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Biochemistry. 1979 Sep 18;18(19):4159-65.

A single amino acid substitution in a histidine-transport protein drastically alters its mobility in sodium dodecyl sulfate-polyacrylamide gel electrophoresis.


Mutation hisJ5625 has altered the histidine-binding protein J of Salmonella typhimurium such that histidine transport is impaired, even though binding of histidine by the J protein is unimpaired [Kustu, S.G., & Ames, G.F. (1974) J. Biol. Chem. 249, 6976--6983]. We have determined by protein analytical methods that the only effect of this mutation has been the substitution of a cysteine residue for an arginine at a site in the interior of the polypeptide chain. This arginine residue is therefore potentially essential for the transport function of the protein. The mutant protein migrates in sodium dodecyl sulfate-polyacrylamide gel electrophoresis more slowly than the wild type protein, as if its molecular weight were greater by as much as 2000. Since this behavior is apparently due to a single amino acid replacement, a molecular weight difference even between two closely related proteins should not be inferred solely on the basis of sodium dodecyl sulfate gel electrophoresis.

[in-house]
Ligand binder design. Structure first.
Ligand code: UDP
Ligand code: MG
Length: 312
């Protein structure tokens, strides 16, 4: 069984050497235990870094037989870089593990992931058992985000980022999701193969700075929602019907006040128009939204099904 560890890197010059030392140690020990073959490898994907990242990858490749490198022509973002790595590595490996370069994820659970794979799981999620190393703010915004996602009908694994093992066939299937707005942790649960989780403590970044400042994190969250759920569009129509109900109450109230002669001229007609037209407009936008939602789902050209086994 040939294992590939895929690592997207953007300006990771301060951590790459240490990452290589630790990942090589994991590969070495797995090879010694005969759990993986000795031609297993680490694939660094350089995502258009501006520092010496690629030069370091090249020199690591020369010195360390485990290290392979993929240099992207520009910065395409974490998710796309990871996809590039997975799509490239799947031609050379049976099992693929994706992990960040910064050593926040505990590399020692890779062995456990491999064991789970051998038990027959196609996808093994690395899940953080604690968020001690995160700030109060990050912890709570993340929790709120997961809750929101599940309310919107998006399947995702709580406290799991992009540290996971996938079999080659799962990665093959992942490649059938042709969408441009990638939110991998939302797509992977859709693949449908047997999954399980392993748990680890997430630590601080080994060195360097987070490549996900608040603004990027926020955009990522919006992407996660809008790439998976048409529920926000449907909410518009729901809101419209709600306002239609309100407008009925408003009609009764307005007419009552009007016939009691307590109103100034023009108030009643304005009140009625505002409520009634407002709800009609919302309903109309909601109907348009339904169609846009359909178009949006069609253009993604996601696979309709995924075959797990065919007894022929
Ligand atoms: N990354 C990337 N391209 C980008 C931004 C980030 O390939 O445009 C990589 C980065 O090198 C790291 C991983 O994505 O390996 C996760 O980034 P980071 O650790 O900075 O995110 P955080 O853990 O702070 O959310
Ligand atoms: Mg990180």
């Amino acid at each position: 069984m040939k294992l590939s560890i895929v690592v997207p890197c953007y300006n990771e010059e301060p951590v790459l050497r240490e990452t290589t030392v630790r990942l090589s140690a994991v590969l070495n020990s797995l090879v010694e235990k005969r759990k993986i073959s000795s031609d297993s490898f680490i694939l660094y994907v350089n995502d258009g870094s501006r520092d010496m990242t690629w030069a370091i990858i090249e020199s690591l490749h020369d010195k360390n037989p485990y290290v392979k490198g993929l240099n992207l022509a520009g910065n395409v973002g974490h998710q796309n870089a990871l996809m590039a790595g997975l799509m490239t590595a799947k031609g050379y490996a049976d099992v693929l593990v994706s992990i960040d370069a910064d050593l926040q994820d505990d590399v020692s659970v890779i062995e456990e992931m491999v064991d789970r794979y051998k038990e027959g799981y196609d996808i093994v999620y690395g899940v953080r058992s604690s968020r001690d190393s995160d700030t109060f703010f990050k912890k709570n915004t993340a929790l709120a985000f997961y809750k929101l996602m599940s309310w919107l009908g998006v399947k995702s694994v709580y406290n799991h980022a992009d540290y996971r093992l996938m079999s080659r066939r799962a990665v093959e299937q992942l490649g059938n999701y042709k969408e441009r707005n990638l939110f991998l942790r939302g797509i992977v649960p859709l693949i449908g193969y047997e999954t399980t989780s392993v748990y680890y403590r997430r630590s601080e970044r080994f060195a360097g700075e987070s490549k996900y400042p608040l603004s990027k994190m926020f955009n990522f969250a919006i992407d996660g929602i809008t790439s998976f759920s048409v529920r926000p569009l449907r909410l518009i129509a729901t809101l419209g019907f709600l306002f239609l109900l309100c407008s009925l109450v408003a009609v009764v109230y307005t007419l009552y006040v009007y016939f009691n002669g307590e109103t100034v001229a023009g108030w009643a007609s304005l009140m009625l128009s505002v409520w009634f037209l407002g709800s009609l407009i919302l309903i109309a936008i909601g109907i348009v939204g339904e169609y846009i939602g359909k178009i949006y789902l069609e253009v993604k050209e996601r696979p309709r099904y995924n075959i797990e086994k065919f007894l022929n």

[Indexed for MEDLINE]

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